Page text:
The plantation system limited commerce and discouraged urbanization. Plantations evolved into little towns that produced almost everything they needed for day to day operations. Planters could import directly from European markets, and they could buy or hire a skilled servant to create items that weren't practical to import. With few cities, there was only a small middle class of urban professionals like teachers, merchants, artisans, or lawyers. This meant there was almost no opportunity for social mobility. The distance between plantations made community schools and sometimes even churches impractical.
During the 1700s, the average life expectancy in the South was 10 to 30 years lower than other English colonies due to disease and malnutrition. This had a dramatic effect on the development of family life and other aspects of society. Few children reached adulthood with two surviving parents. A web of step-parents and half-siblings meant kinship was often a powerful factor when it came to connections in business or leadership.
All of these factors created a unique culture for Southern women. The gender imbalance increased their power and status. Single and widowed women were highly sought after and protected once they were married. But women were still a minority group that played no role in the political process, and this reality persisted even after women balanced the population. Female slaves and indentured servants were often the victims of aggressive male masters, and they had no legal recourse.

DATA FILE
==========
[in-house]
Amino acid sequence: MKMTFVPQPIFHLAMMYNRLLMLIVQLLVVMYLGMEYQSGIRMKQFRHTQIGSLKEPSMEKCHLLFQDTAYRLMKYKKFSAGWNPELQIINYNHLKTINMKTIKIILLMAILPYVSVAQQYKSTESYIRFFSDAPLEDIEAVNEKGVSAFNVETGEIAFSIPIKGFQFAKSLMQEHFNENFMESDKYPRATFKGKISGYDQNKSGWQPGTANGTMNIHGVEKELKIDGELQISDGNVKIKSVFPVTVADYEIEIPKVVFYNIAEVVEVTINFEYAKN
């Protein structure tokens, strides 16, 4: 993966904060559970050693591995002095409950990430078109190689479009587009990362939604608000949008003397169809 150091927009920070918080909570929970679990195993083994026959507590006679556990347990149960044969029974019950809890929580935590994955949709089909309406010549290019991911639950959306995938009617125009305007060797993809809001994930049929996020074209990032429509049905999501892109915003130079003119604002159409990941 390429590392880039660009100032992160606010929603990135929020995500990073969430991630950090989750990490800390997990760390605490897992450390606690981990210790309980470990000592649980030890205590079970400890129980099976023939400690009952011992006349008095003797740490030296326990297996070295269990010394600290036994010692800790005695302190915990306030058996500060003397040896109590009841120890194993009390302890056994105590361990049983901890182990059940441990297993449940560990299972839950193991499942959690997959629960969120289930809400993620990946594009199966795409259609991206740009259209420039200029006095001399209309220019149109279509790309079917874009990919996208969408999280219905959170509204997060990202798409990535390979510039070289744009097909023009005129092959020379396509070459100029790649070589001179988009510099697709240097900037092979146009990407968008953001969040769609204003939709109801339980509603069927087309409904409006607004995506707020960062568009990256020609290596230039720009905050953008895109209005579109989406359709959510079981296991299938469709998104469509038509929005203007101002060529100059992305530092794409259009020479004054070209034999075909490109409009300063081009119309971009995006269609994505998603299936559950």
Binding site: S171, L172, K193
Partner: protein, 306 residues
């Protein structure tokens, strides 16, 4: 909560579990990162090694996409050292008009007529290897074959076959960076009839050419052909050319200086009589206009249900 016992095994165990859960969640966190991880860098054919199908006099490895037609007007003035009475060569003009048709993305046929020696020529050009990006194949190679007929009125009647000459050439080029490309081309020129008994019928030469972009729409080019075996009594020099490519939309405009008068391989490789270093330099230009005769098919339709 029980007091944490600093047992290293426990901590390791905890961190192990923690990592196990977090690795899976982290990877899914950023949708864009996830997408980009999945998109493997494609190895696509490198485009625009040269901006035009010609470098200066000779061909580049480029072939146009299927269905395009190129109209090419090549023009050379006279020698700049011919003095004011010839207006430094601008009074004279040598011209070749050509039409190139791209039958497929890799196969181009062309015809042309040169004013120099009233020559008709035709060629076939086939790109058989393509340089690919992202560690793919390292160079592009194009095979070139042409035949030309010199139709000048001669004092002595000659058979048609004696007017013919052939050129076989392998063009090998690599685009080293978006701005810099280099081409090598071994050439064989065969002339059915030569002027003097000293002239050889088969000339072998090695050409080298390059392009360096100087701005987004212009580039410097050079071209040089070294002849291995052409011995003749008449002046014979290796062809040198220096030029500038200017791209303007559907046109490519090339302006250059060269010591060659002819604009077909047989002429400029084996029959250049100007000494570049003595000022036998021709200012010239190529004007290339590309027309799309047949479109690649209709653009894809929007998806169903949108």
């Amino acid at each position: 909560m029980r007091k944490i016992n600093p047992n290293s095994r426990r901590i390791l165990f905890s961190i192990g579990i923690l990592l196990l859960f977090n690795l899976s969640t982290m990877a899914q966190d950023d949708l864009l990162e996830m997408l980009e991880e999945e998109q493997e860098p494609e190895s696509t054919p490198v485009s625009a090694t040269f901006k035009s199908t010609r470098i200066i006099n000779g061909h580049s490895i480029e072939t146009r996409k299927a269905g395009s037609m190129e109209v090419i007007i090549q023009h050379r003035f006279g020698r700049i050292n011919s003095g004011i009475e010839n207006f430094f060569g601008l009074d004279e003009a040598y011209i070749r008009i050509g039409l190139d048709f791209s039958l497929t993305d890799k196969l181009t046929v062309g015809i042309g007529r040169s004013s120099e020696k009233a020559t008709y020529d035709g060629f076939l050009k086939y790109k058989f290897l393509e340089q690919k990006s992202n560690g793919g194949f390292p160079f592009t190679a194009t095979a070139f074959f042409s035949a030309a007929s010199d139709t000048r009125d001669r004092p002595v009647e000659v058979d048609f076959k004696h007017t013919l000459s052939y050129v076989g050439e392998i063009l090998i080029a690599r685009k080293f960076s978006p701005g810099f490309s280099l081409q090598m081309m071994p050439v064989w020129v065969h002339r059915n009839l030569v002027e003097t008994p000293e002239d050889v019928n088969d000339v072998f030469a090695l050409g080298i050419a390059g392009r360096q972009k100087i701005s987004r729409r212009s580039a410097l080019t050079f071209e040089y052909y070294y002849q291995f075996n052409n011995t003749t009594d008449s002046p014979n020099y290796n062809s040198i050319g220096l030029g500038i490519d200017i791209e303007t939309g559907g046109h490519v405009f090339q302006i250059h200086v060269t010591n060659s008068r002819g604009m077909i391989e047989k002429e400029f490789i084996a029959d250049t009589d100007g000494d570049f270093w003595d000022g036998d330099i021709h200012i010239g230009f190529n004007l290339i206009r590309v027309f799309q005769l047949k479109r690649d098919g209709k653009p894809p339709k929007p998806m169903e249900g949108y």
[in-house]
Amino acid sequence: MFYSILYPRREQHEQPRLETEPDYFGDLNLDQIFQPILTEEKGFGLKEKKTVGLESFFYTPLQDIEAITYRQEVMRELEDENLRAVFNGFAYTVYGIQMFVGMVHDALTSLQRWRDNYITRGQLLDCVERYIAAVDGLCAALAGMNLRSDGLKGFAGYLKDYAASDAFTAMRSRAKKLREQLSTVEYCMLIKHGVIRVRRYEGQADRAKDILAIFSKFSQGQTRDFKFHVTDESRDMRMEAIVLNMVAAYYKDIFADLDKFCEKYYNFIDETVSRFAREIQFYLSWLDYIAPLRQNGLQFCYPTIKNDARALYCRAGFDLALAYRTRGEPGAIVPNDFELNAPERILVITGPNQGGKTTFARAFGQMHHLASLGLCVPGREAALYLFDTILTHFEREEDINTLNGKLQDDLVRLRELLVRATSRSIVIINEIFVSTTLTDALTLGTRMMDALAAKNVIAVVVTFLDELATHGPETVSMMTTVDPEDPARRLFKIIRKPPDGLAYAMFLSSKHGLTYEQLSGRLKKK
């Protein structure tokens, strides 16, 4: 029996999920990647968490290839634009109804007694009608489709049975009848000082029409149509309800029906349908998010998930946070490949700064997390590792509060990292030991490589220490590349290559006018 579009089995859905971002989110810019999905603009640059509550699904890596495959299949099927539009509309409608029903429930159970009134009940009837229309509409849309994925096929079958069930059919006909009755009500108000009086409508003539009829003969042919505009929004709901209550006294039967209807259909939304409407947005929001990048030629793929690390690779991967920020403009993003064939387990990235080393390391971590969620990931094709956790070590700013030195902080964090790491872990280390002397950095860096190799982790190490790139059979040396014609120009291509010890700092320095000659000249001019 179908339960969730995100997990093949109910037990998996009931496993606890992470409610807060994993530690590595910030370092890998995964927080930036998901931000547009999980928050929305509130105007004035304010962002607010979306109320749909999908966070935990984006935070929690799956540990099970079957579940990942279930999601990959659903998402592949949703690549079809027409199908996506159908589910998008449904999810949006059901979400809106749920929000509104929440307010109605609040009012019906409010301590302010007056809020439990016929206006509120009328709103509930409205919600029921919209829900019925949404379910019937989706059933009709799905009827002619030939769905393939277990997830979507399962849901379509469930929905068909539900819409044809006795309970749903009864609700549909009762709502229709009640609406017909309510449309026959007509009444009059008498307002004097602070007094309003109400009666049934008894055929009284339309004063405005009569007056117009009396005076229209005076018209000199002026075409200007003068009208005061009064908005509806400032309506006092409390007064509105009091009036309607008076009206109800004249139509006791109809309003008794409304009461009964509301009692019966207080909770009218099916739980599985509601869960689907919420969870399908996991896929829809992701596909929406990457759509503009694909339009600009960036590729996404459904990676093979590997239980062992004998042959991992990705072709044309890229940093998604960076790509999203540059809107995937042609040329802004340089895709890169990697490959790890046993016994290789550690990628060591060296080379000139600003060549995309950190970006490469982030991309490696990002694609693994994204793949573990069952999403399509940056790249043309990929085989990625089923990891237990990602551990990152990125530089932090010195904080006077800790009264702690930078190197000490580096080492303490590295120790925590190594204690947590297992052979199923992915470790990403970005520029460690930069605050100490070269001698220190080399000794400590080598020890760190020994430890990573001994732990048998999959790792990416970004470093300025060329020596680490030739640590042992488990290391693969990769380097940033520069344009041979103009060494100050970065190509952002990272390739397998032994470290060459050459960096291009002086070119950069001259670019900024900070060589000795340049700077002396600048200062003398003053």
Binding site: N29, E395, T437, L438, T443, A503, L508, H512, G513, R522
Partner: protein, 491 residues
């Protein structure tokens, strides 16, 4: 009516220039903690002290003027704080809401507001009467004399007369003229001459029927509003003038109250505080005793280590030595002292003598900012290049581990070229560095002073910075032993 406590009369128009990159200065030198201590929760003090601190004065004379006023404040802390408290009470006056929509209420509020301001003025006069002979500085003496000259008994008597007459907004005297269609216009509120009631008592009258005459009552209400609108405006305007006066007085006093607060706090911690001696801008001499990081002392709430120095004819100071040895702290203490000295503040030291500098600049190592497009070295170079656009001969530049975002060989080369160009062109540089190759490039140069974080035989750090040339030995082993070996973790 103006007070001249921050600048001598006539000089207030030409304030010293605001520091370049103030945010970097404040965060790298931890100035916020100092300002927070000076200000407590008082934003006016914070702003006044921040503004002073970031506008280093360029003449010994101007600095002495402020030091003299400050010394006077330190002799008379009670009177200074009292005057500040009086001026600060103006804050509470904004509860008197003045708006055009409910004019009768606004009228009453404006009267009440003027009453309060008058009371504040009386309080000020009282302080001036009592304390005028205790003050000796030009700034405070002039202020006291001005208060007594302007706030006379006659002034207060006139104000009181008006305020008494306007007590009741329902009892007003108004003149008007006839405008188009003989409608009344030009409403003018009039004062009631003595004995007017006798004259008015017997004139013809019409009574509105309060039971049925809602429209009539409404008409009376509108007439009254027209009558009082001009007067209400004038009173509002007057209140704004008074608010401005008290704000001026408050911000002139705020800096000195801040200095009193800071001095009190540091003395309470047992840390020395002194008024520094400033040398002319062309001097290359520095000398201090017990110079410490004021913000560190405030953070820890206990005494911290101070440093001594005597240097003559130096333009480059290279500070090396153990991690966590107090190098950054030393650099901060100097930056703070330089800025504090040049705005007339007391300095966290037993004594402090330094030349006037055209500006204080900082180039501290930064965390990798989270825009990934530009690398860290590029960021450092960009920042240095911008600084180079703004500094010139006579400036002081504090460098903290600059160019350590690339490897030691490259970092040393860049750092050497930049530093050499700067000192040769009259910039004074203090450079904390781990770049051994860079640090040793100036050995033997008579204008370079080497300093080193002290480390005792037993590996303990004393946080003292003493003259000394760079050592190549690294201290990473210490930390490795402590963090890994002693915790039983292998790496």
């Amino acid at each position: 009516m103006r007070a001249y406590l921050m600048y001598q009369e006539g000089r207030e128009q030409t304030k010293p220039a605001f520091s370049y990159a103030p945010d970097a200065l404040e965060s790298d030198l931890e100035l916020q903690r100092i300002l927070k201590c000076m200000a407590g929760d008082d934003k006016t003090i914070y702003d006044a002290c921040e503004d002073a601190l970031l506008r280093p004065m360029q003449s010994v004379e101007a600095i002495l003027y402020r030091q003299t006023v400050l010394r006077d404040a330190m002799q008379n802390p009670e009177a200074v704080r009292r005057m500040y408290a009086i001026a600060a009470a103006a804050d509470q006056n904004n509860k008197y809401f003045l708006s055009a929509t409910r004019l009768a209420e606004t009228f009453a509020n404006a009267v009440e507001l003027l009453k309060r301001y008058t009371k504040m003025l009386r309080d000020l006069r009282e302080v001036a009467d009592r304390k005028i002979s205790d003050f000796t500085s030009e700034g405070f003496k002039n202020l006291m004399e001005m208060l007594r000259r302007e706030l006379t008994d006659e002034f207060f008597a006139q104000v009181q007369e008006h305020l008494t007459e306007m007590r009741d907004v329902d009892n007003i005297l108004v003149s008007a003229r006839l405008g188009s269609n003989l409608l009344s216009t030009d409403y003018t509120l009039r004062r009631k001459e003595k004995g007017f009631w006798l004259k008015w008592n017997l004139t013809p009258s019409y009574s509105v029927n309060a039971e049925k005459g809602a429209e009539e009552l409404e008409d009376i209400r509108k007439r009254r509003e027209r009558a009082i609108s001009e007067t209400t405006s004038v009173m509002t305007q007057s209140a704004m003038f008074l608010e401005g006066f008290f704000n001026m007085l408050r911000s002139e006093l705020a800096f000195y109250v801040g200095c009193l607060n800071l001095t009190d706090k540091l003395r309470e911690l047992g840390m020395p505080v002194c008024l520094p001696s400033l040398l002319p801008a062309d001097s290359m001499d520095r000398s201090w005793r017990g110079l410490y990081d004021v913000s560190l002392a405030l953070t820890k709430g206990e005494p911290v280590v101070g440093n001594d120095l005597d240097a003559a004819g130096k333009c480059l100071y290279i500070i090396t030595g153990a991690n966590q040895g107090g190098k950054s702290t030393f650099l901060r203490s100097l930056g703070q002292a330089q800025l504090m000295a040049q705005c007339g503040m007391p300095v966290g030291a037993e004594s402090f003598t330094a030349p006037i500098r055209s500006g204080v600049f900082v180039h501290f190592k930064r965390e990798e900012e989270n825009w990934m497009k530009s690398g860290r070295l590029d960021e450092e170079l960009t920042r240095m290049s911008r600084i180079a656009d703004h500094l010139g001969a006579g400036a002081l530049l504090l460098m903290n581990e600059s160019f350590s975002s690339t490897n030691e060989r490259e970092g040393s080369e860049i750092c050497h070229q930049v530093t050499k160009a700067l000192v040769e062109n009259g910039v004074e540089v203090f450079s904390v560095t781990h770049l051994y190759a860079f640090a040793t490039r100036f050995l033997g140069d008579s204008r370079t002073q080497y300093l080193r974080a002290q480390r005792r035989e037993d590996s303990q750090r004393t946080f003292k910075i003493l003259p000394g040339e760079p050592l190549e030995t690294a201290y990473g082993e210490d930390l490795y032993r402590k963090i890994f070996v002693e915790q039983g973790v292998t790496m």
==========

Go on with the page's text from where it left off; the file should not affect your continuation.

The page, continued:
For all of its uncertainty, many poor Englishmen thought life in the Southern colonies was still more attractive than life in the Old World. Those who remained in England would never own land, would often go hungry, and could easily end up homeless and jobless with nothing better on the horizon. An immigrant in the South still had a glimmer of hope for a better life, however small.
Life in the middle colonies took on aspects of both the North and the South. Like the North, many immigrants came in family units. Though many of the people were religious, government and society as a whole were not. Like the South, the middle colonies had large farms. But rather than cash crops, the mid-Atlantic region produced food. This, combined with a healthier climate, created a longer life expectancy than the South. The economy also supported many businesses and had the largest cities.
Since New York had been the commerce center for the Dutch empire, that city had connections to the rest of the world since its beginnings. Philadelphia flourished because of the careful urban planning by its founder. Throughout the middle colonies, land ownership was high; so was productivity. A Frenchman visiting the region first explored the concept of the American dream, and described the area in a letter, saying 'Here (one) beholds fair cities, substantial villages, extensive fields...decent houses, good roads, orchards, meadows, and bridges, where a hundred years ago all was wild, woody, and uncultivated.'
Stable families and society, a healthy population, and a steady influx of new ideas contributed to greater innovation during the 16- and 1700s than other regions. For example, the middle colonies were the birthplace of many items commonly associated with American pioneers, including the Kentucky Rifle, the Conestoga Wagon, and the log cabin. The mid-Atlantic region also became the colonial leader in printing and publishing. - by Alexandra Lutz